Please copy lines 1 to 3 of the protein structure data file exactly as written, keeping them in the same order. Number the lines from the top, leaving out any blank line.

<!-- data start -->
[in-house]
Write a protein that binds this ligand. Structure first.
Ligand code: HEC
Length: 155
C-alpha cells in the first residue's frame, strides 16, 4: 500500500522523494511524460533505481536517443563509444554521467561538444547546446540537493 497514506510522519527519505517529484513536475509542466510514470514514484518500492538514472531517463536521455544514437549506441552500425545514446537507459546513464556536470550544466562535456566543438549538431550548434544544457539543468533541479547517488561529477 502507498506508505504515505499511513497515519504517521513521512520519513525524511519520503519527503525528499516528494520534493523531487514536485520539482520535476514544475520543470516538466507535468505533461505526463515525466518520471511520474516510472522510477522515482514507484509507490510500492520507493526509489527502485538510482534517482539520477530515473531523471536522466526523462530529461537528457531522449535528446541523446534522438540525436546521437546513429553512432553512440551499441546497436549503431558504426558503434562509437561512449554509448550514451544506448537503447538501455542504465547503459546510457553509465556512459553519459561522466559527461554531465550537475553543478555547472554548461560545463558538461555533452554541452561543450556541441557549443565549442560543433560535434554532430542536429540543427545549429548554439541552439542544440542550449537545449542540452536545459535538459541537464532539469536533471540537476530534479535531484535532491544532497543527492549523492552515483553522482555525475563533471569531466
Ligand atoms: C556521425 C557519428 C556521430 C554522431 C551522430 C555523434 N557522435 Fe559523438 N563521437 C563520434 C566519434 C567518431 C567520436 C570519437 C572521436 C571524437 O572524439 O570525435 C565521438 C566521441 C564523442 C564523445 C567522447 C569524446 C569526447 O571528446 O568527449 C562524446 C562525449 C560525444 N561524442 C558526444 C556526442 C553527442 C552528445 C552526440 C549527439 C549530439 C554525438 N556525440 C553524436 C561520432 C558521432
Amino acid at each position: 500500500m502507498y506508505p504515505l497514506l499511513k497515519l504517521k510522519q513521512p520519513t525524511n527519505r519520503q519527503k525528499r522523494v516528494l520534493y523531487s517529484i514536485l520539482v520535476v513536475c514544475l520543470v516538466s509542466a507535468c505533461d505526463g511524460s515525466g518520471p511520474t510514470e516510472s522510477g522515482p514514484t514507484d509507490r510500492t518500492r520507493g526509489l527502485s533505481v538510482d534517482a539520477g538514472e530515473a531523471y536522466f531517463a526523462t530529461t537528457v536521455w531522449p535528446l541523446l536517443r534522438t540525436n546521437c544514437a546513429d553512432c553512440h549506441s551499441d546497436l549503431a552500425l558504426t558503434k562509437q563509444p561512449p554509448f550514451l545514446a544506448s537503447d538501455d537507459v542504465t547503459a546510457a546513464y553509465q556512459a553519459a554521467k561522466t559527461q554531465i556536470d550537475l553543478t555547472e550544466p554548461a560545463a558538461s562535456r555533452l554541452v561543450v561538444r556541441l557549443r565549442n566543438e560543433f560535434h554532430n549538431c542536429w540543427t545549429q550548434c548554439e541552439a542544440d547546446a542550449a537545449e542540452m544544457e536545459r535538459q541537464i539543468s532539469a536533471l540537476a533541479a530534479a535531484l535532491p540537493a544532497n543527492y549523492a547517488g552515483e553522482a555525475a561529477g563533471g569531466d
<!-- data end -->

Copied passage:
[in-house]
Write a protein that binds this ligand. Structure first.
Ligand code: HEC